Black Reparations: A Misguided Missile Aimed at the Wrong Target
Reparation payments to Blacks are much in the news, and the debate is only now beginning. In Washington, the House Judiciary Committee has approved a leadership-supported bill ― H.R. 40, so named to commemorate the “40 acres and a mule” once promised to liberated slaves ― that would establish a commission to gather views and perhaps make recommendations. New York City has established a Racial Justice Commission replete with reparations advocates to consider the issue. Evanston, Illinois, has just enacted a program to pay its Black residents reparations in the form of housing subsidies.
On campus, reparations is an inviting topic for live classroom and collegewide debate, especially as the pandemic recedes and students physically return to campus after a long siege of mind-numbing Zoom courses. Reparations is a plausible policy idea; a 1988 federal law authorized payments to the formerly interned Japanese-Americans. It has deeply resonant moral overtones, addressing what is widely acknowledged as our most shameful national crime. It connects to any number of topics taught in standard college courses such as history, government, Black studies, economics, ethics, and others. And it is guaranteed to be intensely controversial, galvanizing student activists and attracting large audiences and media attention by bringing eloquent and passionate nationally renowned speakers to campus.
Will these discussions of reparations in classrooms, dormitories, and other campus forums be marked by respectful, reasoned, open-minded, evidence-based exchanges that advance participants’ understanding of the various aspects of the issue? One ardently hopes so, but there are good reasons to worry that these events will degenerate into the kinds of divisive, name-calling, simplistic exchanges that have marred the treatment of so many other issues on campus ― and in the country at large ― in recent years. Precisely because reparations are so morally inflected and definitionally connected to the hot-button issue of American racism past and present, the subject lends itself to harsh jeremiads and accusations, unequivocal judgments of right and wrong, and other features that make cool analyses and nuanced assessments yet another cause for anger and suspicion.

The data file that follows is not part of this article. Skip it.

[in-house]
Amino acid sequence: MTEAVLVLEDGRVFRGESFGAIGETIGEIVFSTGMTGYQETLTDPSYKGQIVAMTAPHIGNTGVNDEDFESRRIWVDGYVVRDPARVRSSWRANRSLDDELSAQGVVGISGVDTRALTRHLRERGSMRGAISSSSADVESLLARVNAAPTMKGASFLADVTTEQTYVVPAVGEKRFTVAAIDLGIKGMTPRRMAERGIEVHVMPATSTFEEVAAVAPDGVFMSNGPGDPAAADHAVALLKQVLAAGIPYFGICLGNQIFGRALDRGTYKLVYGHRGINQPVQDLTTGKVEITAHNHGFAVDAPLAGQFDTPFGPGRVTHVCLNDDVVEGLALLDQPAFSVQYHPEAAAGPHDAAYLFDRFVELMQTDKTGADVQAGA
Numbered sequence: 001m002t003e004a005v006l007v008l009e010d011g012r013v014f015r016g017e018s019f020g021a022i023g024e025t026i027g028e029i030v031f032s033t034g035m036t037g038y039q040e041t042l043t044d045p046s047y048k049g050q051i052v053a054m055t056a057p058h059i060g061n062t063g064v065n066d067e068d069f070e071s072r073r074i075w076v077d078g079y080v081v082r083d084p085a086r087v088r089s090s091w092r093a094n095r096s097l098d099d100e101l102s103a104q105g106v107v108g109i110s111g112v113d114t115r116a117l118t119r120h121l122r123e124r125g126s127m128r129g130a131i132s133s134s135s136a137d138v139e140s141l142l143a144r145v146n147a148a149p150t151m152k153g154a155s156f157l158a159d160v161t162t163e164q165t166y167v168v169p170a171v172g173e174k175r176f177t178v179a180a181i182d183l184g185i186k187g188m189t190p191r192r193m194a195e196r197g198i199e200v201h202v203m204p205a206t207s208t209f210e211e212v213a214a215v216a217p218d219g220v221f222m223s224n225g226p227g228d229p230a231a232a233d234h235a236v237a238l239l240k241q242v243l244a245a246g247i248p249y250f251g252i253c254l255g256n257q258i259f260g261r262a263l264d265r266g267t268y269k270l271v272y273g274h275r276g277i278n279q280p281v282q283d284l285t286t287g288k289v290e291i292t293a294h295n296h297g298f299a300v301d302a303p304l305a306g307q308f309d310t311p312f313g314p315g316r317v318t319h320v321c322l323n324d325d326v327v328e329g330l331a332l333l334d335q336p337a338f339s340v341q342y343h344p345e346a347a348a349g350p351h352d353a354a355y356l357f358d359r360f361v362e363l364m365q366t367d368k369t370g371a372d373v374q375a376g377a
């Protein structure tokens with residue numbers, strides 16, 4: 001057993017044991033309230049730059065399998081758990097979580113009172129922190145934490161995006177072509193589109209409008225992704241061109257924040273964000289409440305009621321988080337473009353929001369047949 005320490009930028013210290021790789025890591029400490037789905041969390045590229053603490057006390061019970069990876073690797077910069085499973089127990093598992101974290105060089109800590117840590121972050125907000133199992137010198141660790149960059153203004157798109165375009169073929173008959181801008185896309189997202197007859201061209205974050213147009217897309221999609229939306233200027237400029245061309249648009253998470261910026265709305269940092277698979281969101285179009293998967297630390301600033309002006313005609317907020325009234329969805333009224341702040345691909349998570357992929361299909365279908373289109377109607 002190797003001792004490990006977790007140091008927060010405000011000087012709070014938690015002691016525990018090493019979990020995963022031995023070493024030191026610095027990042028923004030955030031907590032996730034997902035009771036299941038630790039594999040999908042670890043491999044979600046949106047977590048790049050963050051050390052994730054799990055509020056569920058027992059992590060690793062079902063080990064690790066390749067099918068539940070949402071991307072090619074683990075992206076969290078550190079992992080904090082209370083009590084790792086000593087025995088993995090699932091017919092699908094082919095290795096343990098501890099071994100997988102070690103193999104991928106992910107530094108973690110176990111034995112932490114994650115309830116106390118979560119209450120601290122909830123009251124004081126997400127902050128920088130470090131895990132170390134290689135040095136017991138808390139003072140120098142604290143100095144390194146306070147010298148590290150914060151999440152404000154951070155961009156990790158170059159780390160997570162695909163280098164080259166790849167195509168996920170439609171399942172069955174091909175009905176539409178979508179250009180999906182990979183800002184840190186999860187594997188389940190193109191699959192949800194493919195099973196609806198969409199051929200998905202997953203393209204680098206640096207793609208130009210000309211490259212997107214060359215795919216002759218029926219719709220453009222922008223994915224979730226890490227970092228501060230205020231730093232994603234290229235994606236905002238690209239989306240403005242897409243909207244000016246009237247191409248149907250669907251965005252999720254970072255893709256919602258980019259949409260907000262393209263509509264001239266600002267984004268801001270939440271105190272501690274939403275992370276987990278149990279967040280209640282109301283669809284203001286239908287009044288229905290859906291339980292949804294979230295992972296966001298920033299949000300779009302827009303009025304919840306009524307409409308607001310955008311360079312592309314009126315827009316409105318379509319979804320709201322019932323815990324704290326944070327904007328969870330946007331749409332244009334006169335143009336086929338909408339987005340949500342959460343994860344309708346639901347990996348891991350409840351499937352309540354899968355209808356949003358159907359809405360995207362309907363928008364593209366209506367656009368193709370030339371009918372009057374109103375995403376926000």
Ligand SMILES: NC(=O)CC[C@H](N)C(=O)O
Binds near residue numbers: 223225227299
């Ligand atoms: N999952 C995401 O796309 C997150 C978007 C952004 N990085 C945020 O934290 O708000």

Those who acknowledge the heinous, depraved, centuries-long nature of the crime of slavery but oppose meaningful punishment for it today are easy targets for those who favor palpable retribution in the form of money payments from those who arguably still profit from that crime. Those (like the author) who point to the practical impediments and potential injustices that a reparations scheme would entail are easily depicted as amoral, nit-picking, casuistic hypocrites. Reparations advocates can further twist the moral-historical knife by claiming that many of today’s social ills directly descend from slavery conditions. This claim, while surely true to some extent, still raises its own set of moral, empirical, and practical questions. Some should be readily answerable with the help of historians ― although even there the war over the 1619 Project suggests otherwise. The most important questions, however, are not. Indeed, many are unanswerable, so it is all the more tempting to assert them without fear of refutation.